Keeping tools clean and sharp is important for their longevity

At the end of our week at Sorakuen, we were given happi cloaks from the garden. Here we are standing with our adviser for the week. Having worked in horticulture for 40 years, he was an invaluable resource to our studies. We were very fortunate for our time at Sorakuen.

At the end of our week at Sorakuen, we were given happi cloaks from the garden. Here we are standing with our adviser for the week, Horinouchi-sensai. Having worked in horticulture for 40 years, he was an invaluable resource to our studies. We were very fortunate for our time at Sorakuen.

Helping with a rice harvest is another first experience that I can credit to Japan. Since arriving here, we have been watching the surrounding fields of rice mature and have seen farmers begin to cut their crops. We were fortunate enough to be invited to help with a harvest. We learned how to harvest the rice both by hand and with a combine. Without a doubt, it was a once in a lifetime experience.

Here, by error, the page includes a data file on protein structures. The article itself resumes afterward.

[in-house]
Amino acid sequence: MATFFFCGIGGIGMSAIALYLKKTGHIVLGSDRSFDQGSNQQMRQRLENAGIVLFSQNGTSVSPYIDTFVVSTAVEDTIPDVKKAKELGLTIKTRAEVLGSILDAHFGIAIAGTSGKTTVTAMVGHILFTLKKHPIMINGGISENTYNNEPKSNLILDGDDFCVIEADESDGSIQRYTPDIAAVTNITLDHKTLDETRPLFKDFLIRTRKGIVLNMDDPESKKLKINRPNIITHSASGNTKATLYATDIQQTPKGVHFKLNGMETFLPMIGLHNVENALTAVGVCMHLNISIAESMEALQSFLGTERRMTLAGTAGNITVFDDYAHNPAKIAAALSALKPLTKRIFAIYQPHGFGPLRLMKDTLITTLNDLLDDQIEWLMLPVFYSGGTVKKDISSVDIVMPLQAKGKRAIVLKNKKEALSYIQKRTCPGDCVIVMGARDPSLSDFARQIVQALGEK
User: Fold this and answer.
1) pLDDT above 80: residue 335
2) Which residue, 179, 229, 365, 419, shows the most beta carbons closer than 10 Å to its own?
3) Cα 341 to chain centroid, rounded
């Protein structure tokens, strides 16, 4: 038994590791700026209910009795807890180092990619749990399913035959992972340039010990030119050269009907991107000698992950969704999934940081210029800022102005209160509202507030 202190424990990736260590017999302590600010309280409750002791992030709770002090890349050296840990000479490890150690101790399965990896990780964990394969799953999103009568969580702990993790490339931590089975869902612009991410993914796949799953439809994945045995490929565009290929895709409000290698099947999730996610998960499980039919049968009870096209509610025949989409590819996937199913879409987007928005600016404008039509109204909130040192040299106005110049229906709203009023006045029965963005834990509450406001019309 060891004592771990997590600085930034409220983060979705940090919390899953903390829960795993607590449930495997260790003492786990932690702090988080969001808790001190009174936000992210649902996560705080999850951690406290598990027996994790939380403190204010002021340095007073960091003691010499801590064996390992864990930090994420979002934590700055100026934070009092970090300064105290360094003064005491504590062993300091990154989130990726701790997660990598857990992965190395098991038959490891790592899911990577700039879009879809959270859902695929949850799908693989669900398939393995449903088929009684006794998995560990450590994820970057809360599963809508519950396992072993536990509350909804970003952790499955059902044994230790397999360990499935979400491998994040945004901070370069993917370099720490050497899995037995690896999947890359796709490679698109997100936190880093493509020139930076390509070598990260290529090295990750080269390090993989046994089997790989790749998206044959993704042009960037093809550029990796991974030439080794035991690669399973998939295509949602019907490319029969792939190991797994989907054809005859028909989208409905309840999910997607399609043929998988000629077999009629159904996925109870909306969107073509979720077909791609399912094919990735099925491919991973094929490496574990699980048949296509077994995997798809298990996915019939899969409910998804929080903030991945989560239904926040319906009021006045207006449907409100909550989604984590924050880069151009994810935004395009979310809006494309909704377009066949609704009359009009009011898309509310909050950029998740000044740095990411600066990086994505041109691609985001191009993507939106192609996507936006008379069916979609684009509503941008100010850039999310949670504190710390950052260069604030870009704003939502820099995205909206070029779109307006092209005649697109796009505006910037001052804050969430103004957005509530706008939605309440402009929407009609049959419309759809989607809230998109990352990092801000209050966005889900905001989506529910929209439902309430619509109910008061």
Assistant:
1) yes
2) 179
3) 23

The combine cannot cut all the way to the edge of the field, so we started by cutting the first couple rows by hand

The combine cannot cut all the way to the edge of the field, so we started by cutting the first couple rows by hand

Freshly cut rice along with the tools used for cutting

Freshly cut rice along with the tools used for cutting

The rice combine in action. Rice fields are found just about anywhere, even in urban areas. Therefore, the fields are often small and so is the machinery. Both Tim and I were given the chance to drive the combine and harvest a few bags each!

The rice combine in action. Rice fields are found just about anywhere, even in urban areas. Therefore, the fields are often small and so is the machinery. Both Tim and I were given the chance to drive the combine and harvest a few bags each!

Transporting some of the harvested rice to the drying area!